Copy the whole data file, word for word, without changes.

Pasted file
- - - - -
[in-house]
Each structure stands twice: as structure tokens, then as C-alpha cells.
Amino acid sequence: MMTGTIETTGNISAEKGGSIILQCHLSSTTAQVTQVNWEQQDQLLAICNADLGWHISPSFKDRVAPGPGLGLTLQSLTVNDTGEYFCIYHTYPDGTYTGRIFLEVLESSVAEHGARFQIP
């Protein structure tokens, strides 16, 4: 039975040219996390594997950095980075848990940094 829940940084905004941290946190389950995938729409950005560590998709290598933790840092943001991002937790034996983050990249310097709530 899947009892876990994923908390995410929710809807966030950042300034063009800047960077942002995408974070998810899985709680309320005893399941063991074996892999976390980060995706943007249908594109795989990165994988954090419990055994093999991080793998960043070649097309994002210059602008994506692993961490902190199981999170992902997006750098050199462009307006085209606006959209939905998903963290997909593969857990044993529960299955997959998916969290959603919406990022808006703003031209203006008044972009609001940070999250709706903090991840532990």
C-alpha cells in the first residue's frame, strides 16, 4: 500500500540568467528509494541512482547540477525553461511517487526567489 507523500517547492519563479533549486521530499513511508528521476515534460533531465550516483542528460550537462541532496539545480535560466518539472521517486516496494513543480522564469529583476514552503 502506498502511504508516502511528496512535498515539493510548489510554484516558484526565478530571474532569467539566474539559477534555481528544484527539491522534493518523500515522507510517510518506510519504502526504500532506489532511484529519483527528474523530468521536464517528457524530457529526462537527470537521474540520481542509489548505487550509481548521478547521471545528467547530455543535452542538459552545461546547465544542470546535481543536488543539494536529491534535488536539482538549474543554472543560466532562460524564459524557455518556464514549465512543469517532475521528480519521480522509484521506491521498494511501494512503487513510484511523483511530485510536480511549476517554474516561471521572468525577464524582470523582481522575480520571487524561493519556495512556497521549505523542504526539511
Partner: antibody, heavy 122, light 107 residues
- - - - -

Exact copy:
[in-house]
Each structure stands twice: as structure tokens, then as C-alpha cells.
Amino acid sequence: MMTGTIETTGNISAEKGGSIILQCHLSSTTAQVTQVNWEQQDQLLAICNADLGWHISPSFKDRVAPGPGLGLTLQSLTVNDTGEYFCIYHTYPDGTYTGRIFLEVLESSVAEHGARFQIP
């Protein structure tokens, strides 16, 4: 039975040219996390594997950095980075848990940094 829940940084905004941290946190389950995938729409950005560590998709290598933790840092943001991002937790034996983050990249310097709530 899947009892876990994923908390995410929710809807966030950042300034063009800047960077942002995408974070998810899985709680309320005893399941063991074996892999976390980060995706943007249908594109795989990165994988954090419990055994093999991080793998960043070649097309994002210059602008994506692993961490902190199981999170992902997006750098050199462009307006085209606006959209939905998903963290997909593969857990044993529960299955997959998916969290959603919406990022808006703003031209203006008044972009609001940070999250709706903090991840532990």
C-alpha cells in the first residue's frame, strides 16, 4: 500500500540568467528509494541512482547540477525553461511517487526567489 507523500517547492519563479533549486521530499513511508528521476515534460533531465550516483542528460550537462541532496539545480535560466518539472521517486516496494513543480522564469529583476514552503 502506498502511504508516502511528496512535498515539493510548489510554484516558484526565478530571474532569467539566474539559477534555481528544484527539491522534493518523500515522507510517510518506510519504502526504500532506489532511484529519483527528474523530468521536464517528457524530457529526462537527470537521474540520481542509489548505487550509481548521478547521471545528467547530455543535452542538459552545461546547465544542470546535481543536488543539494536529491534535488536539482538549474543554472543560466532562460524564459524557455518556464514549465512543469517532475521528480519521480522509484521506491521498494511501494512503487513510484511523483511530485510536480511549476517554474516561471521572468525577464524582470523582481522575480520571487524561493519556495512556497521549505523542504526539511
Partner: antibody, heavy 122, light 107 residues